On Reading “On Photography,” Chapter 4
Having read thus far in Susan Sontag’s “On Photography,” I know that the title of Chapter 4 will not be fulfilled: “The Heroism of Vision.” Sontag’s view of photography thus far has been critical and bleak.
Her beginning, as always, is powerful and simply stated: “Nobody ever discovered ugliness through photographs. But many, through photographs, have discovered beauty.” (85)
Modern sensibility so associates photography and beauty that, when we glimpse beauty, we express regret over not having been able to photograph it.
Sontag’s focus on beauty leads her briefly into the retouching of photographs and the “consequences of lying” in film. (86) The history of photography is understood as “the struggle between two imperatives” — beauty and truth-telling. (86) Certainly, the photojournalist is captured here.
Beauty and truth battle briefly on this ground. But Sontag wrote before Photoshop and her prey is larger.
The struggle of beauty and truth in photography leads people then to pursue “the heroism of vision” — “allowing each person to display a certain unique, avid sensibility.” (89). Everyday life apotheosized” becomes the main target of the photographer’s conquest. (90)
Striving for new ways of seeing reality, photography unavoidably influences painting, Sontag says, especially the Impressionists. But the influence can cut both ways, she says, as photography left realism for more abstract work.
Even poetry was infected by the heroic vision of photography, Sontag avers, and points to Robert Coles’ subject and friend, William Carlos Williams, and his mantra, “No truth but in things,” though most often that is expressed, “No ideas but in things.”
Sontag takes up Bauhaus work and finds that the beauty of industrial and scientific photography that so enamored artists for a while has not prevailed. (98) Nature and real-life remain the subjects of most photography.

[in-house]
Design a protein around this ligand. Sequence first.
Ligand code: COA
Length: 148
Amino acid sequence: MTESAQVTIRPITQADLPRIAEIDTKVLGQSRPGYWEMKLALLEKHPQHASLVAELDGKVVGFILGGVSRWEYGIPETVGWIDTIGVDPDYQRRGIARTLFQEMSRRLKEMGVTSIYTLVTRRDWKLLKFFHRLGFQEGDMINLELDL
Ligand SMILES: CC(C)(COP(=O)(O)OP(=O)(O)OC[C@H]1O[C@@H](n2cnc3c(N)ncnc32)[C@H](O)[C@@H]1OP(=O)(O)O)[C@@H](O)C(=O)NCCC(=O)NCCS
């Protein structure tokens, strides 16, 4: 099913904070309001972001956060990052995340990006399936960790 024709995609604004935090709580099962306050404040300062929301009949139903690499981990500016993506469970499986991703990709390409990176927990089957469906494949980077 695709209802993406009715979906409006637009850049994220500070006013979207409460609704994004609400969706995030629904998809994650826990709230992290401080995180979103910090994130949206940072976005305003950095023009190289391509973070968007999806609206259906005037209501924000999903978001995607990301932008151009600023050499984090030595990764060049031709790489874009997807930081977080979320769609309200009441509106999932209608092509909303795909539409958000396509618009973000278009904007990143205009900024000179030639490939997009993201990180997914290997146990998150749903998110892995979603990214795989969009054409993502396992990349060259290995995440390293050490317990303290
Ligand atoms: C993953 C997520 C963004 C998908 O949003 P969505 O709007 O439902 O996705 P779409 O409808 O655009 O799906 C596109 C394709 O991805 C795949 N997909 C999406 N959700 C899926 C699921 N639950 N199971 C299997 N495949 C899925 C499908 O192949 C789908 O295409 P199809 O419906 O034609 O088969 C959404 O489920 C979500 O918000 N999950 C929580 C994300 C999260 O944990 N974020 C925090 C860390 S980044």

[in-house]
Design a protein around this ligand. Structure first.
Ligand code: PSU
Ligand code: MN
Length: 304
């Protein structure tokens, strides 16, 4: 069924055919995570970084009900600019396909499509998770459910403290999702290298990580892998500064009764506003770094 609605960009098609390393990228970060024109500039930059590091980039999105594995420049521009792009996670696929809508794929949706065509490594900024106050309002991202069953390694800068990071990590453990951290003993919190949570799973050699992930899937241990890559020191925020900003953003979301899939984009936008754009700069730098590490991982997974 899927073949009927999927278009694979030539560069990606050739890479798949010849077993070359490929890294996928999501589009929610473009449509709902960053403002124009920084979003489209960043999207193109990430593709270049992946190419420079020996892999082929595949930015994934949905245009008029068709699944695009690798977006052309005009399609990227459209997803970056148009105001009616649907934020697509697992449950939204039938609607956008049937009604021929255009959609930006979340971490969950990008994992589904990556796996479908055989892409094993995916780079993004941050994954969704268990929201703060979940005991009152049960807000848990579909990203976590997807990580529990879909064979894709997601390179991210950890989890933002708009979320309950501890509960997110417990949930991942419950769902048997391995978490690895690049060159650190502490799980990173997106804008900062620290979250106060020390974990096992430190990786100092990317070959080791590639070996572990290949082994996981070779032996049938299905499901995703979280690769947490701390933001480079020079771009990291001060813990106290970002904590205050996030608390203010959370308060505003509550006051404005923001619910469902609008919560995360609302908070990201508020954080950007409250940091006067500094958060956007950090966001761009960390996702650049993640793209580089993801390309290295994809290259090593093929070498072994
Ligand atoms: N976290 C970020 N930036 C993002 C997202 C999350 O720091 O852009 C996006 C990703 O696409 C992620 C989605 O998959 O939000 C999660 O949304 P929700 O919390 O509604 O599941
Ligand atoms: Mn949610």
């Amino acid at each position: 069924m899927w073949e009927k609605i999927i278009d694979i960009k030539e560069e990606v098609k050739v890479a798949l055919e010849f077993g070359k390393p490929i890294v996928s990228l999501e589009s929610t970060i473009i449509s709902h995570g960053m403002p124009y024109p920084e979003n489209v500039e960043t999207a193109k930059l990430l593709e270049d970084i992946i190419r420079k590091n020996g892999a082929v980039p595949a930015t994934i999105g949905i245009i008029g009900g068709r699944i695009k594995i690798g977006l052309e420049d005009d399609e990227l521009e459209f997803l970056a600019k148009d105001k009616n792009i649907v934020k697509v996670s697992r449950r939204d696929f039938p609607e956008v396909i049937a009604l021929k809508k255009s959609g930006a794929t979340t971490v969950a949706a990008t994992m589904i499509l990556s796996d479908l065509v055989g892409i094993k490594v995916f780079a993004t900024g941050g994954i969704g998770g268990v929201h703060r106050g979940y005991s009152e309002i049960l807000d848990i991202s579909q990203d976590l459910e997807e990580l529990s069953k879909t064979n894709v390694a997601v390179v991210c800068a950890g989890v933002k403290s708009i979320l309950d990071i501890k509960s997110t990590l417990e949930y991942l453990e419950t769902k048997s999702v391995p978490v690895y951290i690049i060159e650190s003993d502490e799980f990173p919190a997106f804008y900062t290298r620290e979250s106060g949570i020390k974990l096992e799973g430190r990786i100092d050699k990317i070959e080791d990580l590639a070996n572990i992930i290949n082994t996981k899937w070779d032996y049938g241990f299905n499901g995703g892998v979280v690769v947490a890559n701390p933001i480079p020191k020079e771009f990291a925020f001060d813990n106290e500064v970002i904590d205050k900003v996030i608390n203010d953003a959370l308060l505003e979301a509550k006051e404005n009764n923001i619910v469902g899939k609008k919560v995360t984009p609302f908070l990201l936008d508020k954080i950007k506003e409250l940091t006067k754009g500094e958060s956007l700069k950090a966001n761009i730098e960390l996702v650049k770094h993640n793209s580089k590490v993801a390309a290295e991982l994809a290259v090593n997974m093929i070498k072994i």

“Indeed, the most enduring triumph of photography has been its aptitude for discovering beauty in the humble, the inane, the decrepit,” she says. (102) Even intensely wrought photographs, such as W. Eugene Smith’s photo of a dying girl, find beauty in their truth telling, Sontag says. (105)
But Sontag will not allow photography its moment of truth telling. She challenges the ability of photographs to endure outside of context. “A photograph changes according to the context in which it is seen,” she says flatly. (106) Meaning is “bound to drain away,” from even the most socially concerned photograph. (106)
Even as famous a photo as Che Guevara’s body laid out on a stretcher in a stable can be given many meanings. (106) Sontag also points to the many meanings given to the photo of Jane Fonda in North Vietnam. (108)
Thus, moralists hope that “words will save the picture.” For example, Walter Benjamin felt that the right caption could “rescue” a photograph. (107) Journalists have acknowledged this from the beginning. And even Walker Evan’s photographs were accompanied by James Agee’s text, Sontag notes. (108)
The photograph always has a “plurality of meanings” and though a caption can attempt to control the meaning, Sontag says, even the most socially or politically charged photo, such as the photo of Che, still becomes “a discovery of beauty.” (109)
And, alas, this is not a good thing. “Cameras miniaturize experience, transform history into spectacle.” (109–110) Whatever moral claims are made for photography, “its main effect is to convert the world into a department story . . . in which every subject is depreciated into an article of consumption.” (110)
Ultimately in the struggle between beauty and truth, Sontag concludes, “the camera’s ability to transform reality into something beautiful derives from its relative weakness as a means of conveying truth.” (112)
Much to ponder here for the “heroic vision” of a journalist or documentarian.